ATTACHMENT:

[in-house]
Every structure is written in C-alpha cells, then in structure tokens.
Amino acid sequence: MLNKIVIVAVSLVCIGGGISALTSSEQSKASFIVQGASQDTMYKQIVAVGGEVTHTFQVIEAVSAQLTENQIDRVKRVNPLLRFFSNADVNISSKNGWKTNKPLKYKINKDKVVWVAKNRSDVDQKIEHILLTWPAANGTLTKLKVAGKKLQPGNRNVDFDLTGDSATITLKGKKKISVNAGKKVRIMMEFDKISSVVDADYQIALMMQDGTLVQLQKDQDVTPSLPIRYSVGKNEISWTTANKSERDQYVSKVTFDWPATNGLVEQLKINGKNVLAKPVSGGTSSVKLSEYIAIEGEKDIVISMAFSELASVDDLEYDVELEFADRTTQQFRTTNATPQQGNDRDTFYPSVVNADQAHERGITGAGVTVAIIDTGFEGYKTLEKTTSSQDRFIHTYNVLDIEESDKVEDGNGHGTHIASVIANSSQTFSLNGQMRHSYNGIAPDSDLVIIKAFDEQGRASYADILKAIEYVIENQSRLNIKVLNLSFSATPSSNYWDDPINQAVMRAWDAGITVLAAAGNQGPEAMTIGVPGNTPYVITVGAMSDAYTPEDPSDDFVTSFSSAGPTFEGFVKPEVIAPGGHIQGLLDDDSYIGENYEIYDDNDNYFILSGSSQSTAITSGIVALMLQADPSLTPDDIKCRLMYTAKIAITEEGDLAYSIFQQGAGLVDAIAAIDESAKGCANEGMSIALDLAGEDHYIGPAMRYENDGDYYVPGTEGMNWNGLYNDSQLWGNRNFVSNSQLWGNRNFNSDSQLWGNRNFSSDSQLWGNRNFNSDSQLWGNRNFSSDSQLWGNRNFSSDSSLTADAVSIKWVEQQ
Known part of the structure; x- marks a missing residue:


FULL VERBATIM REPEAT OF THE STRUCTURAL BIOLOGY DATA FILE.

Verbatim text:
[in-house]
Every structure is written in C-alpha cells, then in structure tokens.
Amino acid sequence: MLNKIVIVAVSLVCIGGGISALTSSEQSKASFIVQGASQDTMYKQIVAVGGEVTHTFQVIEAVSAQLTENQIDRVKRVNPLLRFFSNADVNISSKNGWKTNKPLKYKINKDKVVWVAKNRSDVDQKIEHILLTWPAANGTLTKLKVAGKKLQPGNRNVDFDLTGDSATITLKGKKKISVNAGKKVRIMMEFDKISSVVDADYQIALMMQDGTLVQLQKDQDVTPSLPIRYSVGKNEISWTTANKSERDQYVSKVTFDWPATNGLVEQLKINGKNVLAKPVSGGTSSVKLSEYIAIEGEKDIVISMAFSELASVDDLEYDVELEFADRTTQQFRTTNATPQQGNDRDTFYPSVVNADQAHERGITGAGVTVAIIDTGFEGYKTLEKTTSSQDRFIHTYNVLDIEESDKVEDGNGHGTHIASVIANSSQTFSLNGQMRHSYNGIAPDSDLVIIKAFDEQGRASYADILKAIEYVIENQSRLNIKVLNLSFSATPSSNYWDDPINQAVMRAWDAGITVLAAAGNQGPEAMTIGVPGNTPYVITVGAMSDAYTPEDPSDDFVTSFSSAGPTFEGFVKPEVIAPGGHIQGLLDDDSYIGENYEIYDDNDNYFILSGSSQSTAITSGIVALMLQADPSLTPDDIKCRLMYTAKIAITEEGDLAYSIFQQGAGLVDAIAAIDESAKGCANEGMSIALDLAGEDHYIGPAMRYENDGDYYVPGTEGMNWNGLYNDSQLWGNRNFVSNSQLWGNRNFNSDSQLWGNRNFSSDSQLWGNRNFNSDSQLWGNRNFSSDSQLWGNRNFSSDSSLTADAVSIKWVEQQ
Known part of the structure; x- marks a missing residue: